The wall is plastered with wads of gum in a kaleidoscope of colors, some stretched and pinched into messages, hearts and other designs. People also have used the gooey gobs to paste up pictures, business cards and other mementos.
Although the walls will be cleaned down to bare brick, officials expect the gum-sticking tradition will quickly return.
. People first began smooshing their gum to the wall while waiting for shows at the nearby Market Theater. Since then, the "gum wall" has expanded beyond one wall and onto other walls of an alley, pipes and even the theater's box office window.
. Fernando Soberania uses a tool to scrape layers of gum from the wall.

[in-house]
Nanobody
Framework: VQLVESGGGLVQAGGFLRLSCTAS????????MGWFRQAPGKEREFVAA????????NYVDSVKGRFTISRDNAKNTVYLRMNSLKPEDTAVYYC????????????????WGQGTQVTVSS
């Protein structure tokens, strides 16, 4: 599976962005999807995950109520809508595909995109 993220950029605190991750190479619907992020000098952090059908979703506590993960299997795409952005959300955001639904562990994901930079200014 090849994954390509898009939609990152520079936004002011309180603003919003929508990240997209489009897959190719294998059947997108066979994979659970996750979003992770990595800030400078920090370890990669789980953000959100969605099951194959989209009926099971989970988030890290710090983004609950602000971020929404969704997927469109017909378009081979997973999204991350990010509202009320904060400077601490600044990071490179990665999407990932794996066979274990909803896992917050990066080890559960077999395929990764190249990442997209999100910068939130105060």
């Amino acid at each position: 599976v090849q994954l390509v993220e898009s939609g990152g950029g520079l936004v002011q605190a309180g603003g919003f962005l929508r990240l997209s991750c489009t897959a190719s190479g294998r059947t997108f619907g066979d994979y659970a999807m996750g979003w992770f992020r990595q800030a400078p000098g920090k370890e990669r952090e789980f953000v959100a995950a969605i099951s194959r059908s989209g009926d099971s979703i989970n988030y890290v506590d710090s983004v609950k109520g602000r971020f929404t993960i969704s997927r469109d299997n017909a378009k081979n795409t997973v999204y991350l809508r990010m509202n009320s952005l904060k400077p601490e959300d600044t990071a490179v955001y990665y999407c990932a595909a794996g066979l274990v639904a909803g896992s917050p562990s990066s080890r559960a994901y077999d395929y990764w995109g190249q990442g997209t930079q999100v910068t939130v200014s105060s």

Emily Crawford, a Pike Place Market spokeswoman, said the cleaning crew will collect and weigh the gum each day it is removed. The cleaning is expected to take three days.
By Crawford's rough calculation, there are about 2,200 pounds of gum on the walls.
Officials said they chose steam over pressure-washing to conserve the historic market's brick walls.
. Jessica Wang, left, visiting from Los Angeles, has her photo taken by Michael Teylan, right, at the "gum wall" at on Nov. 9.
. A worker carries a bucket full of gum that was removed from the wall.